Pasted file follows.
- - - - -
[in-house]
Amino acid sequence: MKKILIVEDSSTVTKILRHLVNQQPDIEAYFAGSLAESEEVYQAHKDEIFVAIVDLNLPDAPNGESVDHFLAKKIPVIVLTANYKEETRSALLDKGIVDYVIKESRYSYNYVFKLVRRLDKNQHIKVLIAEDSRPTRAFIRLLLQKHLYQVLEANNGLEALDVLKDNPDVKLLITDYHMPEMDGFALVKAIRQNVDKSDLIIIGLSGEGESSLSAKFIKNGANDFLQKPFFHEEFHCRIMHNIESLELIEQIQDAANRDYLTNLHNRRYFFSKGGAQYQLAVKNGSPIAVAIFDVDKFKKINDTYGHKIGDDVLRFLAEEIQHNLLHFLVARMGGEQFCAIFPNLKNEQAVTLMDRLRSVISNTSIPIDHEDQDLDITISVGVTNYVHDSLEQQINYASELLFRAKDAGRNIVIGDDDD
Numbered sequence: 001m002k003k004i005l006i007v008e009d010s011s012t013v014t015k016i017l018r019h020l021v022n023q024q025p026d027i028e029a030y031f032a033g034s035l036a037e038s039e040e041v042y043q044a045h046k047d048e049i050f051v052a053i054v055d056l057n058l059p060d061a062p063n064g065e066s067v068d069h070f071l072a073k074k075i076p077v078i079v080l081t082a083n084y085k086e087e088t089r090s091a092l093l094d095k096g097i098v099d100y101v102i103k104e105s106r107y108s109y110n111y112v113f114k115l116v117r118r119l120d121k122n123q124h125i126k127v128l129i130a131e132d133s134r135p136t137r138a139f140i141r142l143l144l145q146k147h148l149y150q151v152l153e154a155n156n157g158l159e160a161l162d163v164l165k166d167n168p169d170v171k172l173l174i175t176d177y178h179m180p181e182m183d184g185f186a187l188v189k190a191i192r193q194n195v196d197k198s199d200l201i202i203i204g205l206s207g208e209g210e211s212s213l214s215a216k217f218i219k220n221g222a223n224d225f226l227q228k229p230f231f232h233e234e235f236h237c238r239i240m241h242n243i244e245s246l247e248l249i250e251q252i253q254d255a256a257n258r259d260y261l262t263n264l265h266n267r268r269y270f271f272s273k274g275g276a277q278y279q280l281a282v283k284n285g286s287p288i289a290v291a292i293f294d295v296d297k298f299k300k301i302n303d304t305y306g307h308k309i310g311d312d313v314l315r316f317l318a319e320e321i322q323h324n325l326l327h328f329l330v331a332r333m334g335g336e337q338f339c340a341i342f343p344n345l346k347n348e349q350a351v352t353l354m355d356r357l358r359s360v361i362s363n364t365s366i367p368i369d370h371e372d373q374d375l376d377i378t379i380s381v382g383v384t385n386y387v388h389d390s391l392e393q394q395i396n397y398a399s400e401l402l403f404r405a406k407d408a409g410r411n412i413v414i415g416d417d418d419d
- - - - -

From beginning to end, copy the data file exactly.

[in-house]
Amino acid sequence: MKKILIVEDSSTVTKILRHLVNQQPDIEAYFAGSLAESEEVYQAHKDEIFVAIVDLNLPDAPNGESVDHFLAKKIPVIVLTANYKEETRSALLDKGIVDYVIKESRYSYNYVFKLVRRLDKNQHIKVLIAEDSRPTRAFIRLLLQKHLYQVLEANNGLEALDVLKDNPDVKLLITDYHMPEMDGFALVKAIRQNVDKSDLIIIGLSGEGESSLSAKFIKNGANDFLQKPFFHEEFHCRIMHNIESLELIEQIQDAANRDYLTNLHNRRYFFSKGGAQYQLAVKNGSPIAVAIFDVDKFKKINDTYGHKIGDDVLRFLAEEIQHNLLHFLVARMGGEQFCAIFPNLKNEQAVTLMDRLRSVISNTSIPIDHEDQDLDITISVGVTNYVHDSLEQQINYASELLFRAKDAGRNIVIGDDDD
Numbered sequence: 001m002k003k004i005l006i007v008e009d010s011s012t013v014t015k016i017l018r019h020l021v022n023q024q025p026d027i028e029a030y031f032a033g034s035l036a037e038s039e040e041v042y043q044a045h046k047d048e049i050f051v052a053i054v055d056l057n058l059p060d061a062p063n064g065e066s067v068d069h070f071l072a073k074k075i076p077v078i079v080l081t082a083n084y085k086e087e088t089r090s091a092l093l094d095k096g097i098v099d100y101v102i103k104e105s106r107y108s109y110n111y112v113f114k115l116v117r118r119l120d121k122n123q124h125i126k127v128l129i130a131e132d133s134r135p136t137r138a139f140i141r142l143l144l145q146k147h148l149y150q151v152l153e154a155n156n157g158l159e160a161l162d163v164l165k166d167n168p169d170v171k172l173l174i175t176d177y178h179m180p181e182m183d184g185f186a187l188v189k190a191i192r193q194n195v196d197k198s199d200l201i202i203i204g205l206s207g208e209g210e211s212s213l214s215a216k217f218i219k220n221g222a223n224d225f226l227q228k229p230f231f232h233e234e235f236h237c238r239i240m241h242n243i244e245s246l247e248l249i250e251q252i253q254d255a256a257n258r259d260y261l262t263n264l265h266n267r268r269y270f271f272s273k274g275g276a277q278y279q280l281a282v283k284n285g286s287p288i289a290v291a292i293f294d295v296d297k298f299k300k301i302n303d304t305y306g307h308k309i310g311d312d313v314l315r316f317l318a319e320e321i322q323h324n325l326l327h328f329l330v331a332r333m334g335g336e337q338f339c340a341i342f343p344n345l346k347n348e349q350a351v352t353l354m355d356r357l358r359s360v361i362s363n364t365s366i367p368i369d370h371e372d373q374d375l376d377i378t379i380s381v382g383v384t385n386y387v388h389d390s391l392e393q394q395i396n397y398a399s400e401l402l403f404r405a406k407d408a409g410r411n412i413v414i415g416d417d418d419d